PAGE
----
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6. Disputes: unlawful disconnection
If you dispute that the supplier is entitled to disconnect, you can ask Citizens Advice consumer service to intervene. It can order the supplier to reconnect or continue your supply pending a decision on your dispute.
Unlawful disconnection is an enforcement matter. Suppliers can be forced to comply with the law by Ofgem. If the supplier ignores the order, you can apply for a court order to enforce it, including by way of an application for an injunction (see Appendix 4).
If disconnection was unlawful, you do not have to pay the costs of disconnection or reconnection. You may also have a claim for compensation, for any costs you have incurred as a result of the unlawful disconnection along with any other damages (including to reputation, loss of supply, expenses, inconvenience and distress) that may arise from the way in which a supplier acted when disconnecting your supply and legislative breaches. These claims may be pursued through the civil courts (see Chapter 14).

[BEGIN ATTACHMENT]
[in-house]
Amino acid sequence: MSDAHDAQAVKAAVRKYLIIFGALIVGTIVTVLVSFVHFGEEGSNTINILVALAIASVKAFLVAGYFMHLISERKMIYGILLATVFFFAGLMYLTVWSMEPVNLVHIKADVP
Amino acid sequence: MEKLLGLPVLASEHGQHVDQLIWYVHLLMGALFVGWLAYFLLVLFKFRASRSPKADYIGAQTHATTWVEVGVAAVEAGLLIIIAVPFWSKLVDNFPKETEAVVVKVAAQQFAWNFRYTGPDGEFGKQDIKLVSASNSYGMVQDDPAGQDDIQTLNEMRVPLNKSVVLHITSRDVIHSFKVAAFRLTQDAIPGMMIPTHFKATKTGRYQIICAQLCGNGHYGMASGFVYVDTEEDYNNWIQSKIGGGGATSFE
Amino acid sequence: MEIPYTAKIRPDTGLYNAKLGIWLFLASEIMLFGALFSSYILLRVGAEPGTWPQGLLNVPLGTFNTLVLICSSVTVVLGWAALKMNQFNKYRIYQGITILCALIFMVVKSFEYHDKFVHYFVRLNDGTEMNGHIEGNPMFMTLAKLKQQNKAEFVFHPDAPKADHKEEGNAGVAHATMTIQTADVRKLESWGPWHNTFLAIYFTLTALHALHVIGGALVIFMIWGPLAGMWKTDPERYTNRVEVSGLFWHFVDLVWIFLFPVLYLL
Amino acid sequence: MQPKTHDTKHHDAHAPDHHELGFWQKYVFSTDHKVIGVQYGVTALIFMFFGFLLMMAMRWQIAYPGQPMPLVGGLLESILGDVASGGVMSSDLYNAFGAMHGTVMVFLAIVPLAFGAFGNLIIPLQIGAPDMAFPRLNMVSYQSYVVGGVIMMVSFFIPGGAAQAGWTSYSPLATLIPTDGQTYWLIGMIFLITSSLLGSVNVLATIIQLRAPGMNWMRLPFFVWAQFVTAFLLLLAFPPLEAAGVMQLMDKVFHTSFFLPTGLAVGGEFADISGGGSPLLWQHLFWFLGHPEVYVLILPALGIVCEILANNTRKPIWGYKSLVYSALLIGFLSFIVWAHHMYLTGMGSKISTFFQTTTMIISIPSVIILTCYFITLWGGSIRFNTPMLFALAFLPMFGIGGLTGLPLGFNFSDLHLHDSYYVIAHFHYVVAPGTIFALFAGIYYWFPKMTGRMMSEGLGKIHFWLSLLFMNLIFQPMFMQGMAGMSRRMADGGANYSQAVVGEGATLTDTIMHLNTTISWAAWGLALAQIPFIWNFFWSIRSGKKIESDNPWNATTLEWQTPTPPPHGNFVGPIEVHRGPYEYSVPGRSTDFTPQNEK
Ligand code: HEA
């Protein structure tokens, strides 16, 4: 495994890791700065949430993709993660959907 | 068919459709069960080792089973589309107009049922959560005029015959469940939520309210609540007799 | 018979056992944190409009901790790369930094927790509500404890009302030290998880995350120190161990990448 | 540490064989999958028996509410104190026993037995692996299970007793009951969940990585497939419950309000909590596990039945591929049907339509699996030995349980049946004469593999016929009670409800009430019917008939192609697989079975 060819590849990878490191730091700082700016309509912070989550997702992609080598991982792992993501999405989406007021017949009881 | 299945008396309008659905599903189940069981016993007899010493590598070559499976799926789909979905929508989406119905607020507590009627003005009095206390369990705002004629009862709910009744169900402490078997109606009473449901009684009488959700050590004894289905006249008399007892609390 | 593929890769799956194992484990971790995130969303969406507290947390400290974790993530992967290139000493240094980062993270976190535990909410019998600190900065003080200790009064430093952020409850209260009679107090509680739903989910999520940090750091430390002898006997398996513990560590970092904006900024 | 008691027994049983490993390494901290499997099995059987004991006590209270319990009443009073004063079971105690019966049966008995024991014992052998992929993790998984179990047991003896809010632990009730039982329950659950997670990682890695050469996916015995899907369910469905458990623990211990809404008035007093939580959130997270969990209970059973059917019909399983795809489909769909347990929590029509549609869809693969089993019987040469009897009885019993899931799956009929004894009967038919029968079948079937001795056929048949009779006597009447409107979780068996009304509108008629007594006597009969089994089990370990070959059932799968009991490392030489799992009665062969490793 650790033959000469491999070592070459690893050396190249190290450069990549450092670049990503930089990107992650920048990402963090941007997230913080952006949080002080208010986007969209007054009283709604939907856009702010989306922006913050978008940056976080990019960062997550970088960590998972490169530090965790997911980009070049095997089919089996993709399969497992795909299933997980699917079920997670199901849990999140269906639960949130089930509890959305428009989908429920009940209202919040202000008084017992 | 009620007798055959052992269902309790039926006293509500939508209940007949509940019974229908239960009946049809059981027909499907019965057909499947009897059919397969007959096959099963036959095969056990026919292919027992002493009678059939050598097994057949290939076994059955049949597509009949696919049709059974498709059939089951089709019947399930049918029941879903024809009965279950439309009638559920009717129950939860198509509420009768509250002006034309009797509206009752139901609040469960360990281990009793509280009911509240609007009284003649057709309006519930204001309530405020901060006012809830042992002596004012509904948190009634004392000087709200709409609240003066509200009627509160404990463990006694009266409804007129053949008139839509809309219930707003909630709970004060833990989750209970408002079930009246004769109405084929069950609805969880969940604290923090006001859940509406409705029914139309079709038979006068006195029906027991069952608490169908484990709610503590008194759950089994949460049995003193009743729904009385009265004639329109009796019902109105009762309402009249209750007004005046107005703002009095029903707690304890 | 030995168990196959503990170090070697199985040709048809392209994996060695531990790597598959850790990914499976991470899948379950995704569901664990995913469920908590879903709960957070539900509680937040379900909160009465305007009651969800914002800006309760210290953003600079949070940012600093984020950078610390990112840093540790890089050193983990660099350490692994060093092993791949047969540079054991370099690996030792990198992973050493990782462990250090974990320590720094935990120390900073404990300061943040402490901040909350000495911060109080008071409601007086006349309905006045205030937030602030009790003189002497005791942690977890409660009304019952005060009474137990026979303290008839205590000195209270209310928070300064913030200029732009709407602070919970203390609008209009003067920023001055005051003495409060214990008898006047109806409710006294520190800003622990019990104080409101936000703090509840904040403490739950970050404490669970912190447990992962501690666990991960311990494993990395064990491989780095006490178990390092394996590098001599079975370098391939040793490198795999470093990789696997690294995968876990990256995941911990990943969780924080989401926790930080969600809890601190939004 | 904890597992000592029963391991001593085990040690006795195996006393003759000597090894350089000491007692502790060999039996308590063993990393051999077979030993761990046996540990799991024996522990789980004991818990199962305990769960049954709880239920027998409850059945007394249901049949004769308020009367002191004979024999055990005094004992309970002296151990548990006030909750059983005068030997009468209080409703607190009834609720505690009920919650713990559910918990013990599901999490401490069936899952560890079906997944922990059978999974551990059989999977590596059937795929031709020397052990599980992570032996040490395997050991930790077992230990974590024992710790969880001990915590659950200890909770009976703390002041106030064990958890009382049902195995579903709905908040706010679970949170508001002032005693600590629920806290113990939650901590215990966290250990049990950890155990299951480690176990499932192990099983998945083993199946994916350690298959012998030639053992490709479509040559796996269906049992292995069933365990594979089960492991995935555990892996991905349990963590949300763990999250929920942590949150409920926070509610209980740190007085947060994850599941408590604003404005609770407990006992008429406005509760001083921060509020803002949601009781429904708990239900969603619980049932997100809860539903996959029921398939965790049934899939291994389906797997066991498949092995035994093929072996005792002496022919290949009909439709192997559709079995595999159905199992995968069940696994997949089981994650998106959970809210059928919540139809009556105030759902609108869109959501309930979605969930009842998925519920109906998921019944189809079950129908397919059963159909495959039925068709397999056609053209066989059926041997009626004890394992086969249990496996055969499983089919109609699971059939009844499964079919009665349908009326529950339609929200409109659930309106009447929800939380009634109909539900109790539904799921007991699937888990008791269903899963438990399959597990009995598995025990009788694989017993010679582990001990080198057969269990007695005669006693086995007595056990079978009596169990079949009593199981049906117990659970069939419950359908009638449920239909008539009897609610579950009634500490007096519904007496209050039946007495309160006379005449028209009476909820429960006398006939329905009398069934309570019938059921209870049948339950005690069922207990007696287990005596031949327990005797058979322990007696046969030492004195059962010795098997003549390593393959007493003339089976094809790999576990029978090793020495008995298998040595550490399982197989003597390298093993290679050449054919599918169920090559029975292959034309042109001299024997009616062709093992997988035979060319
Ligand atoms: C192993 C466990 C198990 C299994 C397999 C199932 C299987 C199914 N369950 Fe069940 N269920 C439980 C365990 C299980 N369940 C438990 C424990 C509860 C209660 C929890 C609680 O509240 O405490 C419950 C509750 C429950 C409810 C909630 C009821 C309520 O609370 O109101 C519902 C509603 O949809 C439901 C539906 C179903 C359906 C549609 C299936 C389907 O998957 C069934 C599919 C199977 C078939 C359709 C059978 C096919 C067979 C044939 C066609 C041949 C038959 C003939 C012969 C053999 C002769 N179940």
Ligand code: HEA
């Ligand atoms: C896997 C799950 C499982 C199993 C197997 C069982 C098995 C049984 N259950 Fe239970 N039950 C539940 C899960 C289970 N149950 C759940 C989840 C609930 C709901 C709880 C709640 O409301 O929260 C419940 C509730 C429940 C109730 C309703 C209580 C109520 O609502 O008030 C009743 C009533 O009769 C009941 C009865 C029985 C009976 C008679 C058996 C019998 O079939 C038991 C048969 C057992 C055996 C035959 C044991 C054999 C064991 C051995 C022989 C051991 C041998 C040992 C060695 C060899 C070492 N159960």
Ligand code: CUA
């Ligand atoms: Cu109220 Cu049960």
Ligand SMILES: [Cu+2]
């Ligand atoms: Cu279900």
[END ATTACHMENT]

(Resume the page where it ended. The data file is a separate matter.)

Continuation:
For example, a supplier may wrongly disconnect a supply, arising from a mistake by a contractor who visits a household. This can be a problem in multi-occupation buildings or where a contractor suspects the occupants are squatters. In such a case, immediately contact the supplier and be prepared to back up a demand for reconnection with an action through the courts (see Chapter 14). An emergency injunction may be sought to order reconnection and a claim for damages included as a result of nuisance and losses caused by being without a supply. In an emergency case, an injunction can be sought outside normal court hours.